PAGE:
Sandwiched between the two weekends of New Orleans’ iconic Jazz & Heritage Festival is Collision, America’s fastest-growing tech conference. In two short years, the “anti-CES” has grown to expects more than 11,000 attendees from 50 countries.
It is the U.S. version of the popular Web Summit in Europe, and focuses on networking and social meet-ups, as much as its star-studded speaker line-up, ranging from Chris Sacca to Brett Favre. It’s a melting pot of entrepreneurs, innovators, CEOs, investors and disruptors.
It becoming a must-attend event, similar to SXSW.
Of the 650+ startups featured at Collision, here are five that should be on marketers’ radars.
Welo promises the ability to create TV clips in real time and share them from your mobile phone. Currently live in Argentina and entering the U.S. market, Welo allows fans to clip the exact moment from a program and distribute it across their social network – recording a stream of TV programming, compressing it, and sending it to users’ feeds.
This instantly allows you to share high quality clips from any show, game, or TV experience. Welo could be a great way for shows to sample content from peer-to-peer, as well as a fascinating data collection source.
How about VR, AR, and livestreaming all in one
Well, Chilean-based Octopus launched the IQVI platform (https://www.iqvi.mobi) this week at Collision. The vision is to democratize this type of tech-forward content for the people, just as YouTube did with video.
The platform is free and is tremendously fun to explore. Opportunities for advertisers range from branded channels to custom native content and if they can create the platform where this type of content lives, they may be on to something enormous.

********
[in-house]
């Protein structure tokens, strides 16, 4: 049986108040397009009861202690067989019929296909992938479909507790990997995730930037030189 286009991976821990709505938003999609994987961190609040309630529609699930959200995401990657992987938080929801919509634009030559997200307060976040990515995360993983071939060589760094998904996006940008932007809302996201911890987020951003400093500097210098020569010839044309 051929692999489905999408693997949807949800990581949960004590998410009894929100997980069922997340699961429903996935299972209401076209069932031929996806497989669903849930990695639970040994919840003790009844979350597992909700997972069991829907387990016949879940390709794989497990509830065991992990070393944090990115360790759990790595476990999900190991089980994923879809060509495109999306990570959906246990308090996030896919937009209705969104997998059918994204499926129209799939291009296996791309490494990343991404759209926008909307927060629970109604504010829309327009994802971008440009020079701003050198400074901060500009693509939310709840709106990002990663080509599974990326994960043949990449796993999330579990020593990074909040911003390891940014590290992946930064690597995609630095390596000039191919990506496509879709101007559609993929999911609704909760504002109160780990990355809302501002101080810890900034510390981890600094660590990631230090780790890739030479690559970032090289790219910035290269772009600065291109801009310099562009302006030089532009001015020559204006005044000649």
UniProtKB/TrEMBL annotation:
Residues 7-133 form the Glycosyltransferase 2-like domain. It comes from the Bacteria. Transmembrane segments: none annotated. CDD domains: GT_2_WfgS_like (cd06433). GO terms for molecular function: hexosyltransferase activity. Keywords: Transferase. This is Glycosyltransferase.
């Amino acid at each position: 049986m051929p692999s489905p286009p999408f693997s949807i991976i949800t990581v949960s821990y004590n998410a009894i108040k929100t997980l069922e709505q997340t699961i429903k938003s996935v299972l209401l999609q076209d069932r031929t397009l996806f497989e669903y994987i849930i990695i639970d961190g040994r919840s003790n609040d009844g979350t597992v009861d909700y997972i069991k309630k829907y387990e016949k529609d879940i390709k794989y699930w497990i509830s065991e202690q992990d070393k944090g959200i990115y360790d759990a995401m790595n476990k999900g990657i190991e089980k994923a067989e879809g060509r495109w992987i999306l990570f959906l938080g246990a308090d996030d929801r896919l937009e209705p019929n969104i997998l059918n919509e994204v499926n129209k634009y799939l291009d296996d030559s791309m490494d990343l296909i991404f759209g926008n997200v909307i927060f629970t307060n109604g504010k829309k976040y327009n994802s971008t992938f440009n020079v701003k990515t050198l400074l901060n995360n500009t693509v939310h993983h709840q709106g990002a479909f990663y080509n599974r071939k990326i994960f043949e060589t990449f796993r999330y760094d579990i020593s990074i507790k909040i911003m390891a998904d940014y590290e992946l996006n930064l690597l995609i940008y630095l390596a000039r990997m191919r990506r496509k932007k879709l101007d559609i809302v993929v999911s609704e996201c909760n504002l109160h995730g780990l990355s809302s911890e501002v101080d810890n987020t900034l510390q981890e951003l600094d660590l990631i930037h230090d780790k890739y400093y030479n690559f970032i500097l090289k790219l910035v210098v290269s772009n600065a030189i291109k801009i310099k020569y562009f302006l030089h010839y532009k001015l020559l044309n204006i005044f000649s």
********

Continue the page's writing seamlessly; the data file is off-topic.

Your fashion-forward fairy godmother, Cinderly, helps you out in that awkward dressing-room moment when you ask, “Does this look good on me?” Go into “Glass Slipper Mode” on its camera feature, and Cinderly will ask local users whether the consumer should buy the item or not.
All posts from “Glass Slipper Mode” are pushed to the top of feeds and voted on by others, so by the time you step out of the dressing room, you have guidance on whether to make the purchase. It has several social sharing incentives encouraging amplification and gamification.
Brands, of course, could get involved by making suggestions or cashing in on the location-based focus of the app to drive traffic to local stores.
I am bullish on any business that makes purchases frictionless – and Beachy does just that for beach-goers. While you’re reading in the sun and you start to crave a beer, there is no longer any need to walk across the hot sand – just use Beachy to have a professional beach attendant bring your drink of choice (cocktail umbrella optional).
Beachy also pre-sets up chairs and umbrellas, as well as a whole set of beach-friendly purchases. It’s basically movie theater reserved seating for the sand. Brand integrations are quite obvious, from branded umbrellas to special sun tan lotions, and other beach-friendly products.
Clicks are a pretty lame way to measure engagement with digital video. Thankfully, several companies are trying to solve this. Berlin-based ad-tech company Vyking is utilizing artificial intelligence and a visual recognition system to measure emotion. By bridging the emotional gap between man and machine, they promise to provide campaign analytics around audience sentiment that allows advertisers to optimize their advertising based on consumer reactions.
While Collision isn’t as large as CES or SXSW (yet), it has captured the vibe of authentic innovation that propelled those two conferences to must-attend status. Time will tell if advertisers will be throwing beads at each of these startups, but one thing is certain: We now have a work excuse to go to New Orleans.